Age Laying percentage Daily feed / day / layer (g)
18 4 70
19 9 74
20 15 77
21 22 80
22 45 85
23 70 85
24 85 95
25 92 100
26 93 105
27-28 94 110
29-30 95 120
31-32 94 120
33-35 93 118
36-38 92 115
39-41 91 115
42-45 90 114
50-58 88-83 112
59-63 82-79 112
64-72 78-75 110

Note: Above figures are only guidelines of high producing breeds under standard conditions. The actual performance may vary depending on breed, climate, the health of birds, management and quality of feed.

Table 3: Vaccination Schedule (For Viral Diseases):

Sr. No. Age of Birds Name of Disease Route of administration Dose/bird
1 Day old Marek’s disease S/C, Neck/Wing Muscles 0.2ml
2 4-6th day Ranikhet disease F1 Strain I/Nasal or I/Ocular 1 drop
3 11th day Marek’s Disease

(Booster dose)

S/C, Neck/Wing Muscles 0.2ml
4 14th day, 2nd week IBD/Gumboro disease intermediate Strain Drinking Water As per Manufacture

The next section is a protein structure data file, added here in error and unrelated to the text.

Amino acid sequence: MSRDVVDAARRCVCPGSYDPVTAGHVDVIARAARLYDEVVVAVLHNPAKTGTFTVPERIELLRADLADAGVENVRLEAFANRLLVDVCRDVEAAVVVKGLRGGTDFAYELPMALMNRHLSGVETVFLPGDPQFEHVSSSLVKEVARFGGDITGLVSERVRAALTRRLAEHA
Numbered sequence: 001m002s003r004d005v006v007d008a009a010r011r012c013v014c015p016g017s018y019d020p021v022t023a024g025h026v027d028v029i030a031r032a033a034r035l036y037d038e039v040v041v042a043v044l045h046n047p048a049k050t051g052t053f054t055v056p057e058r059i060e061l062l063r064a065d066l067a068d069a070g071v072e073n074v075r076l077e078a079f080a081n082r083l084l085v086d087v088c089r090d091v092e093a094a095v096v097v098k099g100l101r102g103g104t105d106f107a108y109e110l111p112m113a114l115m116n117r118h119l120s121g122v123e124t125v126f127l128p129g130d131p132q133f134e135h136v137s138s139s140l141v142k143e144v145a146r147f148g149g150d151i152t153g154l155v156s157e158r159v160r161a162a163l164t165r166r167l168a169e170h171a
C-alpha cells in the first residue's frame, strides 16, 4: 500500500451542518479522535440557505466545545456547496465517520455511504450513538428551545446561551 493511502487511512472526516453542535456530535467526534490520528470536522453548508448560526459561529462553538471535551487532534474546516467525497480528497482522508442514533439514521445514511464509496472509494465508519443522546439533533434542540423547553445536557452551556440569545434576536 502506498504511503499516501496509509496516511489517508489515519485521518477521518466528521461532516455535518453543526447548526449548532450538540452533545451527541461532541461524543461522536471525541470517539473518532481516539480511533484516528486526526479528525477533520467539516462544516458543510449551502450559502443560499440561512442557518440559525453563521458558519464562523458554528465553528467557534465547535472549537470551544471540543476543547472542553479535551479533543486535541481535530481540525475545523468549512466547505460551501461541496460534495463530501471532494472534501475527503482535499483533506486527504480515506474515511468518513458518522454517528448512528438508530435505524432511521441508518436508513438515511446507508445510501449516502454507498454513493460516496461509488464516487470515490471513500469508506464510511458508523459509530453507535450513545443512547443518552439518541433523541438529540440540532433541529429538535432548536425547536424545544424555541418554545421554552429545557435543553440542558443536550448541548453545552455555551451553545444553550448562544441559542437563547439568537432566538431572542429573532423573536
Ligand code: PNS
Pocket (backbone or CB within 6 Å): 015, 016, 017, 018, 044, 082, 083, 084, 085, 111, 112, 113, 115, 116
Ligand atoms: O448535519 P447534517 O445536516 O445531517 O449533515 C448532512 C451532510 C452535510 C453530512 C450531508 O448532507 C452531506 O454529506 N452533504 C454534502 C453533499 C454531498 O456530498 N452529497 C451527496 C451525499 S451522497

5 21st day,3rd week IBD, Booster dose -Do- -Do-
6 35th day, 5th week Ranikhet disease Booster dose. F1 Strain I/Nasal or I/Ocular 1 drop
7 7th week Fowl Pox Wing web Prick Method
8 8th  week Ranikhet disease, R2B (Mukteshwar) Starin I/M, Thigh Wing Muscles 0.5ml
9 16-18th week Killed Ranikhet & Gumboro disease vaccine I/M in Breast or Thigh muscles 0.5ml

In Kenya, there are now various platforms available to have an insight into the poultry and livestock industry. Such industrial events bring together various companies from the worldwide industry to showcase their technology and innovative techniques to develop the industry.

Article Author:
Dr. Yogesh D. Padheriya and Dr. Panna D. Rabari1
Instructional Livestock Farm Complex
College of Veterinary Science & A. H.,
Navsari Agricultural University, Navsari
1 Senior Research Fellow, Dept. of VPH, College of Veterinary Science, AAU, Anand